Model #3: Pure quadratic:
To obtain this model, replace u vector and the parameter vectors, M1, M2 and M3 in equation 8 by the following parameters: ##EQU9##
Using equations 13 and then solving equation 11 new parameters can be obtained. Note that in this model we have 18 parameters.
Model #4: Affine, linear, quadratic:
In this model, the u vector contains the following elements.
ui = 1ug ug 2 ul ul 2 ug ul ul ub ub ub ug !i T (14)
Vectors,, M1, M2 and M3 contain 10 elements each. Number of parameters in this model are 30. In a similar way, an affine, linear, quadratic and cubic equation was modeled. Model #4 - affine, linear and quadratic fit, turned out to be the best parameterized model for the input-output data.
Not only can basis functions be used for TRC reconstruction, but also the basis function approach can be used for process controls as illustrated in FIG. 7. An error signal is generated by subtracting the reconstructed TRC with the model output. It is then processed inside a controller that will be designed by using the basis functions to close the feedback loop. In particular, an imaging system such as printing system 102 and system model shown at 104 are responsive to actuators illustrated at 108. The actuators 108 are controlled elements such as imaging surface voltage, developer bias voltage, and projecting system power. Suitable sensors provide indications of the state or level the actuators to controller 106 which in turn provides the necessary change or adjustment to the printing operation.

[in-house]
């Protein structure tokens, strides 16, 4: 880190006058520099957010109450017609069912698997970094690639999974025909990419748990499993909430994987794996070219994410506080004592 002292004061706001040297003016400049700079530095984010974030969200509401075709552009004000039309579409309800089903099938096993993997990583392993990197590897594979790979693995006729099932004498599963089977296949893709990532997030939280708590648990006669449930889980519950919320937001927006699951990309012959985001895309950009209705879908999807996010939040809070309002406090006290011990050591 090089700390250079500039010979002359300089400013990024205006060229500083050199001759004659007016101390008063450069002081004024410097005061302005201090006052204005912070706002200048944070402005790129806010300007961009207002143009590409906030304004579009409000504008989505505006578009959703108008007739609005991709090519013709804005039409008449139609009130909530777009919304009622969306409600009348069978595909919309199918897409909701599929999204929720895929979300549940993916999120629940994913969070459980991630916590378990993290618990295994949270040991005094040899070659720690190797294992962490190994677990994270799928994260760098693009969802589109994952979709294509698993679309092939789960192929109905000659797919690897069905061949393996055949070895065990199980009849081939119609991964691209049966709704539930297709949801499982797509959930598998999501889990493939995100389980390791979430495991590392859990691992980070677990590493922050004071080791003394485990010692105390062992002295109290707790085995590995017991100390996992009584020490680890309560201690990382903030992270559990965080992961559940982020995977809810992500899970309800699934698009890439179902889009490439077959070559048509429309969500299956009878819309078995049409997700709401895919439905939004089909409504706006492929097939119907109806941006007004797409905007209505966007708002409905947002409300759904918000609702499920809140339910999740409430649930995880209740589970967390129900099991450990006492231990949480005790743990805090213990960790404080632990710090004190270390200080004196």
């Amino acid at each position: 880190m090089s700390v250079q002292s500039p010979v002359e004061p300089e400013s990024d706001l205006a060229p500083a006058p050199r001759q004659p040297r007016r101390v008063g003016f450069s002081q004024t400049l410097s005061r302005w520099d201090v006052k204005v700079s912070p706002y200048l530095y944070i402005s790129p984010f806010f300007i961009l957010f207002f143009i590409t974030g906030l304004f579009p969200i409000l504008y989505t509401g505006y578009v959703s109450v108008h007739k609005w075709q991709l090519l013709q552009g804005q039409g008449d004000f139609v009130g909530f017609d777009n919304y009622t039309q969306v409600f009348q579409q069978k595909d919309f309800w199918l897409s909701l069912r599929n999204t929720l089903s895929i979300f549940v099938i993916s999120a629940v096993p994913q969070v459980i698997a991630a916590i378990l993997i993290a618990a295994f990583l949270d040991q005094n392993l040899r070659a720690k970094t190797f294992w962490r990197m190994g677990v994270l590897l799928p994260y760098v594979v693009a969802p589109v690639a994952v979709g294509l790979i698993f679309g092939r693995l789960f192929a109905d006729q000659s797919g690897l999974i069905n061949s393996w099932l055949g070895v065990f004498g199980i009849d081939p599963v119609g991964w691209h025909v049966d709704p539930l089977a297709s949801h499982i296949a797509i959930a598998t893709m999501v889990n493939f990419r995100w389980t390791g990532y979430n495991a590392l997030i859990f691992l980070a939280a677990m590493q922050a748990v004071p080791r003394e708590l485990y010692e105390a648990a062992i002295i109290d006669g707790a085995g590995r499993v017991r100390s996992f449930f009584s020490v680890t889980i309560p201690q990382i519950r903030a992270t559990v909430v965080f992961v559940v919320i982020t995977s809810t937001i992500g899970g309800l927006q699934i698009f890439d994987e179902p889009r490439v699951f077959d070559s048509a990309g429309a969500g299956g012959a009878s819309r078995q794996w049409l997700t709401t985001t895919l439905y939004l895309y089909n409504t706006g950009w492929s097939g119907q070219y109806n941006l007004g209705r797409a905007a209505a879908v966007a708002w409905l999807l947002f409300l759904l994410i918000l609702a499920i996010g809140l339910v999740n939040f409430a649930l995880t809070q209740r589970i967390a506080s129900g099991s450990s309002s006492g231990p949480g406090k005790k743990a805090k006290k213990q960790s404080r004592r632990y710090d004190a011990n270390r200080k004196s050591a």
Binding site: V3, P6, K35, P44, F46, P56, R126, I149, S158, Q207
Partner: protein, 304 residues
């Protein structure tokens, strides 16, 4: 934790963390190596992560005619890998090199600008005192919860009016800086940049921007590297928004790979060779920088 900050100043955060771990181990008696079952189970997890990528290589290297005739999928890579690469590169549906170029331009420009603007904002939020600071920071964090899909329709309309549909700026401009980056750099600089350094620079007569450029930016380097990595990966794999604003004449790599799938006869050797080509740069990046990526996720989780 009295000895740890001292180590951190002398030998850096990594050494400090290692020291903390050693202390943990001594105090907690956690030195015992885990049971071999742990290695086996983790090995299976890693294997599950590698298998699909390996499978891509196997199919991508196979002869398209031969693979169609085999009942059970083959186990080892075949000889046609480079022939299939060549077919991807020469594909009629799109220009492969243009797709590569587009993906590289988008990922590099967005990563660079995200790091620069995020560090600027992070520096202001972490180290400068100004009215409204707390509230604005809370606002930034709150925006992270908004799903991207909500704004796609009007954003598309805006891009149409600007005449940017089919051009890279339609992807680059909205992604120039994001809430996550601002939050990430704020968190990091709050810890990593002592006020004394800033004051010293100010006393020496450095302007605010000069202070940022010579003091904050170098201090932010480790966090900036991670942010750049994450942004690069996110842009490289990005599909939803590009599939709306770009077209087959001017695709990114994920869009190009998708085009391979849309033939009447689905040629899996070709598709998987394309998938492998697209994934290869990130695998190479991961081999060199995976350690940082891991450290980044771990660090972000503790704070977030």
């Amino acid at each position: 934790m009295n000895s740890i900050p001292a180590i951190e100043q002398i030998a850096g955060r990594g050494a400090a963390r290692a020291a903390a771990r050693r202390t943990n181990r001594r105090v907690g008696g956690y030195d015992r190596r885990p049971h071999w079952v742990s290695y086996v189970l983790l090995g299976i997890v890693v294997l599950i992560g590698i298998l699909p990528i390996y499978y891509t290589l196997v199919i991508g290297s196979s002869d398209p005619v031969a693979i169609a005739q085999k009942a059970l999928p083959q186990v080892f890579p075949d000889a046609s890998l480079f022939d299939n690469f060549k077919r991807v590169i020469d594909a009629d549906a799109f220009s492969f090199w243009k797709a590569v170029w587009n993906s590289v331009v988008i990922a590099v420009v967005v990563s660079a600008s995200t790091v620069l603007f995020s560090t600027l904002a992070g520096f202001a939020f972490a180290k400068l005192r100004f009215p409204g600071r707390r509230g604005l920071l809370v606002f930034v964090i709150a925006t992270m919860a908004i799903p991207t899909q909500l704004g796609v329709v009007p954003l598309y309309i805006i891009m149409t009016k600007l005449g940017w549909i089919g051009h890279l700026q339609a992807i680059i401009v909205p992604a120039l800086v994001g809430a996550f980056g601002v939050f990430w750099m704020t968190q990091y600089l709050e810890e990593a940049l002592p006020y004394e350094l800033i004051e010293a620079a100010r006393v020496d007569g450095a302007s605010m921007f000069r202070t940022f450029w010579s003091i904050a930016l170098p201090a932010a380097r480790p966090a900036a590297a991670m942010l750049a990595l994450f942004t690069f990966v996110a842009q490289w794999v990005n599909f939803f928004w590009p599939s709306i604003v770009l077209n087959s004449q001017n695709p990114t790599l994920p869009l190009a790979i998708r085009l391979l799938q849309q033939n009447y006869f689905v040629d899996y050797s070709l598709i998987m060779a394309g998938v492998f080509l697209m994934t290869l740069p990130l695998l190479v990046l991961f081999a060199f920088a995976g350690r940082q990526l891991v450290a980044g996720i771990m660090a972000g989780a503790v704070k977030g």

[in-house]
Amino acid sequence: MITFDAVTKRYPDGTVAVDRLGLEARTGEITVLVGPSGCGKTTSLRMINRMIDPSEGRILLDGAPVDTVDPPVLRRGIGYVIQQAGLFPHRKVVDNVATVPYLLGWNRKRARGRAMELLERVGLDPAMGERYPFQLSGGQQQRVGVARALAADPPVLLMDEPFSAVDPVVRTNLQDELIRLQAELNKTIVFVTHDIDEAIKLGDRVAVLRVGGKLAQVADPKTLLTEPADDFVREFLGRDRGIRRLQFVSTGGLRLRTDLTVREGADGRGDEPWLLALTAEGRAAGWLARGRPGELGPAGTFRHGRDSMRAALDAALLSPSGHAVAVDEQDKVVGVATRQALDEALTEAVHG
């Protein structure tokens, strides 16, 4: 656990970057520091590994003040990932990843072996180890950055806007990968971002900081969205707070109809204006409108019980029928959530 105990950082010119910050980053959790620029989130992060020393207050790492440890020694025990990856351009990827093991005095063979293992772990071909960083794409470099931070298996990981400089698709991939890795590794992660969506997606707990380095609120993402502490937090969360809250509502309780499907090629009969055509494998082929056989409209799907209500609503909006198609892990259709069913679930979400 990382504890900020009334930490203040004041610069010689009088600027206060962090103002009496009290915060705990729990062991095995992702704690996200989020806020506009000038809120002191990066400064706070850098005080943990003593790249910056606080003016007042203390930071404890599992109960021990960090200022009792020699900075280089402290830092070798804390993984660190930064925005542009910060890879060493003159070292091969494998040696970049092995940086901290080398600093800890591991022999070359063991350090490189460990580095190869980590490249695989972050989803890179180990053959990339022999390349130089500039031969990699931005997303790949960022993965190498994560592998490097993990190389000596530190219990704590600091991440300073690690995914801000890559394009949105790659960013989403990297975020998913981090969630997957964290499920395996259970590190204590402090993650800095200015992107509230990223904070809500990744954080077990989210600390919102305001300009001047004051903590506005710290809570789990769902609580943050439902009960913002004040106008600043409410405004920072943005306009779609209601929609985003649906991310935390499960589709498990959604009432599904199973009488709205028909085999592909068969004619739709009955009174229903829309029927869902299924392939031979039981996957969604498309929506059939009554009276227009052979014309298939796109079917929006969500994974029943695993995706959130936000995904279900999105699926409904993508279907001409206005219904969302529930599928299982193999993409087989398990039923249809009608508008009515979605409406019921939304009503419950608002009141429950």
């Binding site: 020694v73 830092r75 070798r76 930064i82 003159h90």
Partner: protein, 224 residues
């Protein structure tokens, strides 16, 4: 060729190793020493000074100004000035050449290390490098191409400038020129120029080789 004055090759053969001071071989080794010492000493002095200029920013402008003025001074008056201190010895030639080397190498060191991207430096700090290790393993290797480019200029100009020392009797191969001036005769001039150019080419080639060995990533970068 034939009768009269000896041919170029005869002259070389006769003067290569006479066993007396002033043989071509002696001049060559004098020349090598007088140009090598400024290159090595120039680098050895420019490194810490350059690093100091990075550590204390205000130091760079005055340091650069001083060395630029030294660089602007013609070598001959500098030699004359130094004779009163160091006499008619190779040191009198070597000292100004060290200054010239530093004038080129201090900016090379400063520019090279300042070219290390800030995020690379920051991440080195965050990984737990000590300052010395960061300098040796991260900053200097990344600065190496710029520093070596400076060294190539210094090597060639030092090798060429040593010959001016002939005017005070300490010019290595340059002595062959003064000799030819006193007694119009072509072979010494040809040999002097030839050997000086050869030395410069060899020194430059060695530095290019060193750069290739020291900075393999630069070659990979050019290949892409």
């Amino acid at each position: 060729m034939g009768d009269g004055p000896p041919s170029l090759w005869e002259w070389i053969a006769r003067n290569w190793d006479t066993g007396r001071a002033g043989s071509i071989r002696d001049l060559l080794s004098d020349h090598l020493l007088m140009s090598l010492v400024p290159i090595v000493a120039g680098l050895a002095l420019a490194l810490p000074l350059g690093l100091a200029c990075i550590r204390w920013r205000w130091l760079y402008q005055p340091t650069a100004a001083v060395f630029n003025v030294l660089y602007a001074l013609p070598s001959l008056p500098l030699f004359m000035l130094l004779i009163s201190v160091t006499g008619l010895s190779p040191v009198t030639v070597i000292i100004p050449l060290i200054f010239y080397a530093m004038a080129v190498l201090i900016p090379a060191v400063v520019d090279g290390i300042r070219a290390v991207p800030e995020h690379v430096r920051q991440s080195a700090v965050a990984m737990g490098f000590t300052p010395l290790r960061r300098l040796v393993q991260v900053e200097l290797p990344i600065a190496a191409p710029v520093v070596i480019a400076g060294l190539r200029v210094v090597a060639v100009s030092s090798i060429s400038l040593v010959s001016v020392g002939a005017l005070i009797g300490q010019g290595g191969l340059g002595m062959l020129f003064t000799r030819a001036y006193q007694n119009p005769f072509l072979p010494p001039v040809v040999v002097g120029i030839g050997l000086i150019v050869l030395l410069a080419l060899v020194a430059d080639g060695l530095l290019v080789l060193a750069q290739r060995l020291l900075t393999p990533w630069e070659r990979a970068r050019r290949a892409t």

System model 104 represents an experimental fundamental functional relationship such as the TRC relationship of the printing system 102 in suitable memory apart from the system 102 or controller 106 or incorporated therein. In one embodiment, system 104 represents an estimated or predicted TRC defined by orthogonal basis functions such as defined by the alpha coefficients in the expression